Thursday, 7 February 2008

Initial Jobless Claims Remain Elevated

Last week's high intial jobless claims number turned out not to be a fluke. Not that anyone who has been paying attention to recent economic data thought it was.



In the week ending Feb. 2, the advance figure for seasonally adjusted initial claims was 356,000, a decrease of 22,000 from the previous week's revised figure of 378,000. The 4-week moving average was 335,000, an increase of 8,500 from the previous week's revised average of 326,500.

The advance seasonally adjusted insured unemployment rate was 2.1 percent for the week ending Jan. 26, an increase of 0.1 percentage point from the prior week's unrevised rate of 2.0 percent.

The advance number for seasonally adjusted insured unemployment during the week ending Jan. 26 was 2,785,000, an increase of 75,000 from the preceding week's revised level of 2,710,000. The 4-week moving average was 2,727,750, an increase of 24,250 from the preceding week's revised average of 2,703,500.

After a couple of soft weeks in the new year due to seasonal adjustments the 4 week moving average is again on the rise toward that critical 350,000 number. Not that I need it punch through 350k to confirm my recession call. Economic numbers out of the US just keep getting worse.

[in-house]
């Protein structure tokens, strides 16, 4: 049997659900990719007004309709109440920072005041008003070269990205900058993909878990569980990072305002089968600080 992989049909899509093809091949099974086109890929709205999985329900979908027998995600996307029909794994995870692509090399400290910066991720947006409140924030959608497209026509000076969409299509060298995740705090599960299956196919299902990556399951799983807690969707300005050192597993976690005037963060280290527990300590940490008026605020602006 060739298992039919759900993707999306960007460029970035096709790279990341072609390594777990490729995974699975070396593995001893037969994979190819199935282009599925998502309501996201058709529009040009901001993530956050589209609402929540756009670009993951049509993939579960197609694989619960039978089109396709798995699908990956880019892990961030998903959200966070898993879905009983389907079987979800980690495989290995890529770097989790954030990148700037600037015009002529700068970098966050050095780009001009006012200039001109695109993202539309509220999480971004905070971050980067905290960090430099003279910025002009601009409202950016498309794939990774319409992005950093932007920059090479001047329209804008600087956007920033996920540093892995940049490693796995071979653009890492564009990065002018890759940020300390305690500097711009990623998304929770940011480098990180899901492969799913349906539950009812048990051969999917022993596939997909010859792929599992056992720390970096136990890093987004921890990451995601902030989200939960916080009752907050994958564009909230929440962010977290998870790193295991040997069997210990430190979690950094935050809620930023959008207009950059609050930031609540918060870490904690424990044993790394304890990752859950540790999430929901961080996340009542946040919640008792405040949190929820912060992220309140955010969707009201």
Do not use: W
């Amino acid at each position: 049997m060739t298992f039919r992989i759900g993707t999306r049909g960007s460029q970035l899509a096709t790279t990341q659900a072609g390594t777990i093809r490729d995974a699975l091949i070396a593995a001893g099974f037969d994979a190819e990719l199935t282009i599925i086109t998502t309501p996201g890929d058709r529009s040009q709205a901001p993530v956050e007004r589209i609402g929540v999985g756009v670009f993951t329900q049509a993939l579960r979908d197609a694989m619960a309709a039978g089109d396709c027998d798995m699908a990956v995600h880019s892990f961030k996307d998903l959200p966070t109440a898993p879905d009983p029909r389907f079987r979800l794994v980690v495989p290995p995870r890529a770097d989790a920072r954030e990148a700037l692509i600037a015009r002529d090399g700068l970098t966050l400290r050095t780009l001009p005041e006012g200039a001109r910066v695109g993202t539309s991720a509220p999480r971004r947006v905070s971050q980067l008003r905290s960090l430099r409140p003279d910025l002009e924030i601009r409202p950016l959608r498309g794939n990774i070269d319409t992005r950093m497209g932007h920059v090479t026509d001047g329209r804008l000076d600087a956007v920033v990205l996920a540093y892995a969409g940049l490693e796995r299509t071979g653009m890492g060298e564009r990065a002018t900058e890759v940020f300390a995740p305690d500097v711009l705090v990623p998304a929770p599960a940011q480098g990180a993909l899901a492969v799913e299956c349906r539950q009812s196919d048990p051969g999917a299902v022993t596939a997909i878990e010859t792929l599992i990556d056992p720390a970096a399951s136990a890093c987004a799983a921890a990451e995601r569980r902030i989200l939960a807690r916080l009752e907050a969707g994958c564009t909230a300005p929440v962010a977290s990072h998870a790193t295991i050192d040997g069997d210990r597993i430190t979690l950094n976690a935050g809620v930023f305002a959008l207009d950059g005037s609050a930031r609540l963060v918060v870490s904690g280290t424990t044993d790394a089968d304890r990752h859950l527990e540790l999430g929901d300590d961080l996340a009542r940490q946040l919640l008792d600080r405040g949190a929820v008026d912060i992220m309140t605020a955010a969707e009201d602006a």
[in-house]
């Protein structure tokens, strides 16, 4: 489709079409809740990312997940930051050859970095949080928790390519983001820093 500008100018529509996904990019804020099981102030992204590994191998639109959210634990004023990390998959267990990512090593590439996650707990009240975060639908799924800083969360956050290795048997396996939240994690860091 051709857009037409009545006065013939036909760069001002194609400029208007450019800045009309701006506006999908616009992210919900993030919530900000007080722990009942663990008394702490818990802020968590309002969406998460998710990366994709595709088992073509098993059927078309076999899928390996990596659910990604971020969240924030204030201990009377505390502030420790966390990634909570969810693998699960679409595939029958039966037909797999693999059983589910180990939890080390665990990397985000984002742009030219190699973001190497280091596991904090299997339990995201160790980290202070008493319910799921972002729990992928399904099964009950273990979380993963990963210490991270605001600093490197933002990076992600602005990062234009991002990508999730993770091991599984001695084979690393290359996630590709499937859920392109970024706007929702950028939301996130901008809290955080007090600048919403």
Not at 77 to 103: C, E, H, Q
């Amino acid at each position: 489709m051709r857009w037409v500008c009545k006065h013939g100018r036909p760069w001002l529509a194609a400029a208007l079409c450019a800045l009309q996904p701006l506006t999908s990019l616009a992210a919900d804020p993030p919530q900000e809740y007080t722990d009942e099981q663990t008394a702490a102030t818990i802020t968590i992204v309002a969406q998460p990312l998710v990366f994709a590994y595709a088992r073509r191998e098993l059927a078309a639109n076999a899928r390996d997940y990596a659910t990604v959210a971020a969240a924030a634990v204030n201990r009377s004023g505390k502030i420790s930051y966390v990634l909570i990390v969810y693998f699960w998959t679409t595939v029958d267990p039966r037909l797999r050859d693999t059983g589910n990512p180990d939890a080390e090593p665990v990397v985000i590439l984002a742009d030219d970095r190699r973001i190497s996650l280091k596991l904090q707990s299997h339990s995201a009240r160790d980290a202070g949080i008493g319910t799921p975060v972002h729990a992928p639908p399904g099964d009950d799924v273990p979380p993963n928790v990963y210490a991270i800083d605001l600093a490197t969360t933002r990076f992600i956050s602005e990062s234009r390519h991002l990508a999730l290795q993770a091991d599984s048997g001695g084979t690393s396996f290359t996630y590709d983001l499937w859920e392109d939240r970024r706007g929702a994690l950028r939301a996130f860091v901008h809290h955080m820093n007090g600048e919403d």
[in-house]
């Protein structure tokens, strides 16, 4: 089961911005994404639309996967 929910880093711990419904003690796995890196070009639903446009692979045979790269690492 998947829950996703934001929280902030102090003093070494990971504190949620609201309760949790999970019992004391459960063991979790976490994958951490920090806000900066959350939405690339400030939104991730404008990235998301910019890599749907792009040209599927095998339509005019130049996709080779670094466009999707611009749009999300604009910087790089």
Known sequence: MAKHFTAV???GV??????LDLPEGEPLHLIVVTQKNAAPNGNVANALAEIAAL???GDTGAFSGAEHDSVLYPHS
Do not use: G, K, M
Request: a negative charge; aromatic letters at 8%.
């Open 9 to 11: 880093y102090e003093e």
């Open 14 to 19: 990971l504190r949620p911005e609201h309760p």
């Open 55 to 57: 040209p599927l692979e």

The debate over whether the US is in, or is going into a recession is not particularly interesting anymore except as a point of amusement when watching the permabulls desperately trying to deny reality.

Now the debate has shifted to how deep the recession will be. Still, the average mainstream economist thinks that the recession will be mild and quick like the previous one and that it is largely already priced into the stockmarket.

That may be so but what if it turns out to be deeper and more severe (as I suspect it will) than most Wall Street lemmings think? The question is then how much of it hasn't been priced in.